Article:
• Head trauma or brain surgery within six months
  • Active bleeding or known bleeding disorder
  • Traumatic cardiopulmonary resuscitation within three weeks
  • Previous haemorrhagic stroke or stroke of unknown origin
  • Ischaemic stroke within one year
  • Gastrointestinal bleeding with one year
  • Other internal bleeding within six weeks
  • Non-compressible vascular punctures within 24 hours, e.g. central venous lines, liver biopsy
  • Treatment with warfarin, dabigatran, rivaroxaban or other anticoagulants
  • Previous streptokinase treatment
  • Transient ischemic attack (TIA) within the last six months
  • An increased tendency to bleed
  • Severe kidney impairment, i.e. glomerular filtration rate < 30 mL/min
  • Advanced liver disease, e.g. bilirubin level elevated or liver enzymes greater than five times normal
  • Internal bleeding within the last six months
  • Pregnancy or less than one week postpartum
  • Lumbar puncture with the last month
  • Acute pancreatitis
  • Acute peptic ulceration
  • Infective endocarditis
  • Intracardiac thrombi
  • Active cavitating pulmonary tuberculosis

Medicines frequently initiated following admission to a coronary care unit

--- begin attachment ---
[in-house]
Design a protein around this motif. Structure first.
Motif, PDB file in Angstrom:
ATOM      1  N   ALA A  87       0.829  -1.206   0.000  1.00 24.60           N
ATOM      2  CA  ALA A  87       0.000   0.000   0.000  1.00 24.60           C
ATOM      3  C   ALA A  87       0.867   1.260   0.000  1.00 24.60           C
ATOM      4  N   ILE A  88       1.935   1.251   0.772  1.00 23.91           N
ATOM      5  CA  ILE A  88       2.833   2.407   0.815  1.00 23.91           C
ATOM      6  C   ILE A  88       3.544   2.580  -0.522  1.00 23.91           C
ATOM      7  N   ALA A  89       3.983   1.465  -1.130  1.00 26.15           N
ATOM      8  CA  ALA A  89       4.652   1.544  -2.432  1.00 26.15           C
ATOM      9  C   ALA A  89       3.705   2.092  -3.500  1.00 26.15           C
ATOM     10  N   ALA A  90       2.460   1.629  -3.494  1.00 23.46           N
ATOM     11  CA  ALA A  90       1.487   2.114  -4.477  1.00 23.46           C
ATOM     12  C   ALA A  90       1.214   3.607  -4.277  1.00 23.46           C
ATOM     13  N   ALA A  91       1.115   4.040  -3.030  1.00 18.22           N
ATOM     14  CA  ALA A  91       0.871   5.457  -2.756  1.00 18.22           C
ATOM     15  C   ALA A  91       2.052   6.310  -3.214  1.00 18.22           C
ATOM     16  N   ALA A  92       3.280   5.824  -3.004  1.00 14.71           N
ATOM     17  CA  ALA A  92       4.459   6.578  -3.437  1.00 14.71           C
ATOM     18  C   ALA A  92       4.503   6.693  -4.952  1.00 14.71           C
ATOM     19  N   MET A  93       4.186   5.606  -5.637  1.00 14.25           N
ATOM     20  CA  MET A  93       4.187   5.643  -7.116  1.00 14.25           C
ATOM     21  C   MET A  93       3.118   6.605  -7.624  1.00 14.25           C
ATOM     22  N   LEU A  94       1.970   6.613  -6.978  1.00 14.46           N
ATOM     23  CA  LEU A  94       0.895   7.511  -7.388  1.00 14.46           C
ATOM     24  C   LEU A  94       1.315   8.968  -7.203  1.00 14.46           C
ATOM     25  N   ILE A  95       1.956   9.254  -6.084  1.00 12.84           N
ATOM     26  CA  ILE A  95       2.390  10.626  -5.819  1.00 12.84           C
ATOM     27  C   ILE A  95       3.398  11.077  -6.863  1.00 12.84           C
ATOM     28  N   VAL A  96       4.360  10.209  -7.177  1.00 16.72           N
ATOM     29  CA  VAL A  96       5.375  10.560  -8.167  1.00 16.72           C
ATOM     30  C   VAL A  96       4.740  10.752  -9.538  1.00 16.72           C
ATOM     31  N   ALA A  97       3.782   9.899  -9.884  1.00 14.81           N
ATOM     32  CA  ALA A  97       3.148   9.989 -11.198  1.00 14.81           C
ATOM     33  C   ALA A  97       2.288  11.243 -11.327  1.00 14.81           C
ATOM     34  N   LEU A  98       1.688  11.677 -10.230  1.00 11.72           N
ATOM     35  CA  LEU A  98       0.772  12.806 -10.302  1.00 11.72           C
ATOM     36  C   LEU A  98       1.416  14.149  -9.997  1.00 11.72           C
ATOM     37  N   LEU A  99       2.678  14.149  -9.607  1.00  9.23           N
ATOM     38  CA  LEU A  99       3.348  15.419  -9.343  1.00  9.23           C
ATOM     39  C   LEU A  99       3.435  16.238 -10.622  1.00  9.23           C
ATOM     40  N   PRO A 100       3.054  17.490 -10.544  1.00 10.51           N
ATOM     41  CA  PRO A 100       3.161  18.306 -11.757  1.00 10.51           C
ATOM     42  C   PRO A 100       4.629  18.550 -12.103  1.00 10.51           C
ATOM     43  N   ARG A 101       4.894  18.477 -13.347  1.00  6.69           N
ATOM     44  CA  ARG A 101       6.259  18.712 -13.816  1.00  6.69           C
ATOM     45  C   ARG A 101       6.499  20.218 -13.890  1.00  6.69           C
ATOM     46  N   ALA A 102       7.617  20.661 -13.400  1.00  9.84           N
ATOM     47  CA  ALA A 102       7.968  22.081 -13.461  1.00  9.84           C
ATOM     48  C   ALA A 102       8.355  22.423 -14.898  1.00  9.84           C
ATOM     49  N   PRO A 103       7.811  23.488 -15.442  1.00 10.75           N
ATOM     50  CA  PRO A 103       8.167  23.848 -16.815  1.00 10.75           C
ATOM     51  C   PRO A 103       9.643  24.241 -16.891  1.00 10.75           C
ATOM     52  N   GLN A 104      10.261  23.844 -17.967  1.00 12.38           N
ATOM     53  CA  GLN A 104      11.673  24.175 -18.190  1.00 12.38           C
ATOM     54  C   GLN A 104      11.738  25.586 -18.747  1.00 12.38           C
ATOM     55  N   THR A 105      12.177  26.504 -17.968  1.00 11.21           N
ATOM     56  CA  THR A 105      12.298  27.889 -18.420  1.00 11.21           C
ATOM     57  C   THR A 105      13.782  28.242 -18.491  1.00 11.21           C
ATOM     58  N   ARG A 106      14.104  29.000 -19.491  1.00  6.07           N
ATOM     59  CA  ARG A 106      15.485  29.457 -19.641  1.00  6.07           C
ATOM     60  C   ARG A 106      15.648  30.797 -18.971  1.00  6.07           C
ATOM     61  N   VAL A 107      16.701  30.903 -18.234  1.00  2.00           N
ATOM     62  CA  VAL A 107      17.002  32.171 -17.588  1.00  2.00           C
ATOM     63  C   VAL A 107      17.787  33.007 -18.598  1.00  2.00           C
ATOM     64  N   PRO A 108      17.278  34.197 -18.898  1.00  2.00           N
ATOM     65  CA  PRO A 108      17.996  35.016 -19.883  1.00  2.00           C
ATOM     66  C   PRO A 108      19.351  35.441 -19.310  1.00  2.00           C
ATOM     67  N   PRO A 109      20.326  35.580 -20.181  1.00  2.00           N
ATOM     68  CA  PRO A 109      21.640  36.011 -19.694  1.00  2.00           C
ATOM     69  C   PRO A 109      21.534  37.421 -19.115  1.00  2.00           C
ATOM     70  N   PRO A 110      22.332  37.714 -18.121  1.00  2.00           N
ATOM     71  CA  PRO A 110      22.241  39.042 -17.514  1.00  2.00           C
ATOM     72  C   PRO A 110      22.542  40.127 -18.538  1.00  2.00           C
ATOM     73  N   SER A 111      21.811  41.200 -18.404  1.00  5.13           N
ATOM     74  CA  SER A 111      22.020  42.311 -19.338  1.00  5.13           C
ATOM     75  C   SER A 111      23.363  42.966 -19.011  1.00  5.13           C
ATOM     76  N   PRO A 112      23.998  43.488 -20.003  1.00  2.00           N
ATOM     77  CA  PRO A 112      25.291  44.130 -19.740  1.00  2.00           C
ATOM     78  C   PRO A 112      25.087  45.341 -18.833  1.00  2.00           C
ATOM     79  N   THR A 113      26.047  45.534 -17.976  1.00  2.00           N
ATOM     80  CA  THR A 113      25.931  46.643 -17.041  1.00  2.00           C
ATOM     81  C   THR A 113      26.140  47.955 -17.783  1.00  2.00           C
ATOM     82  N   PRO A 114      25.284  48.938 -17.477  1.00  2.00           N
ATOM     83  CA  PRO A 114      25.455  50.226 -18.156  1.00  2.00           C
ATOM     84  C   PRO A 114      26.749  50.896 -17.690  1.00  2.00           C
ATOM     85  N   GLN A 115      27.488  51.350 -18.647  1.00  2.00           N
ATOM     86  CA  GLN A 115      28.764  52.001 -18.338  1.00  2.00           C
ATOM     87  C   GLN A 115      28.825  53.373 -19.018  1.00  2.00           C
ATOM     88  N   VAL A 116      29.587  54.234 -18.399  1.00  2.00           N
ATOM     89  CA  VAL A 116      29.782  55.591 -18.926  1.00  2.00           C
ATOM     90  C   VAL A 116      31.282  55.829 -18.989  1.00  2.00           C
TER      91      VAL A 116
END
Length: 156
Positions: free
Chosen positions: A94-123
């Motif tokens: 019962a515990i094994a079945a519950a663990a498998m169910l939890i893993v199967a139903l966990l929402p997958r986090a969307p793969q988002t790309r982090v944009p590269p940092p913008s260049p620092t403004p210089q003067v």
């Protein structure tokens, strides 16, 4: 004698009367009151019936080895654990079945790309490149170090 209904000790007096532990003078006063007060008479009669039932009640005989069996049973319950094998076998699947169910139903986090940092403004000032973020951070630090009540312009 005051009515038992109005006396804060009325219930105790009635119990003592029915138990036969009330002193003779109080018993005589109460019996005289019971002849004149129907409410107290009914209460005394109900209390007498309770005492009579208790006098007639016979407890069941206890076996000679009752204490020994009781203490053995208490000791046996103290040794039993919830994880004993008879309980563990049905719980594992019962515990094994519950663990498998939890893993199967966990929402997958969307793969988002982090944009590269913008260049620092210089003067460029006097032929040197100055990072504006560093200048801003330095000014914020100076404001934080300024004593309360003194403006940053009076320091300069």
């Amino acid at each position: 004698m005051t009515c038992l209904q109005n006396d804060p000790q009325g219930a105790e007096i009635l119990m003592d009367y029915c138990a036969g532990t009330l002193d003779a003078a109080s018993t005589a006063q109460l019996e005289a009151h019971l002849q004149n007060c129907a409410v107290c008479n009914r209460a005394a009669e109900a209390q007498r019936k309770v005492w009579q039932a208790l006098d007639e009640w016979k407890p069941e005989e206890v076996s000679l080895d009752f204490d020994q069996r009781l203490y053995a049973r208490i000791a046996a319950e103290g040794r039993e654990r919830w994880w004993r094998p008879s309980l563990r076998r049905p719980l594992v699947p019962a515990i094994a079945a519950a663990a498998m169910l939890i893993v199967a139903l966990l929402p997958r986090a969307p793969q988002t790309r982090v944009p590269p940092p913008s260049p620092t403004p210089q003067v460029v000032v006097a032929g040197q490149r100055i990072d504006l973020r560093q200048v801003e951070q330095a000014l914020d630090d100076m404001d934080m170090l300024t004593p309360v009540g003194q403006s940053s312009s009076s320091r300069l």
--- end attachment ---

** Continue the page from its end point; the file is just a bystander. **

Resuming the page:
Most patients treated for an acute coronary syndrome will be offered dual antiplatelet treatment for one year following discharge to reduce current events, after which point aspirin alone is recommended.3, 5 The majority of these patients will have undergone a coronary stenting procedure and dual antiplatelet treatment also reduces the likelihood of stent thrombosis.

Long-term angiotensin converting enzyme (ACE) inhibitor treatment may be initiated within a few days of admission for an acute coronary syndrome when mortality is highest.2 An angiotensin II receptor blocker (ARB) is recommended if ACE inhibitors are not tolerated.5 All patients who are discharged following an acute coronary syndrome complicated by heart failure or pulmonary oedema are likely to be prescribed an ACE inhibitor or ARB, and a beta-blocker and spironolactone.3Loop diuretics are also commonly prescribed in this situation.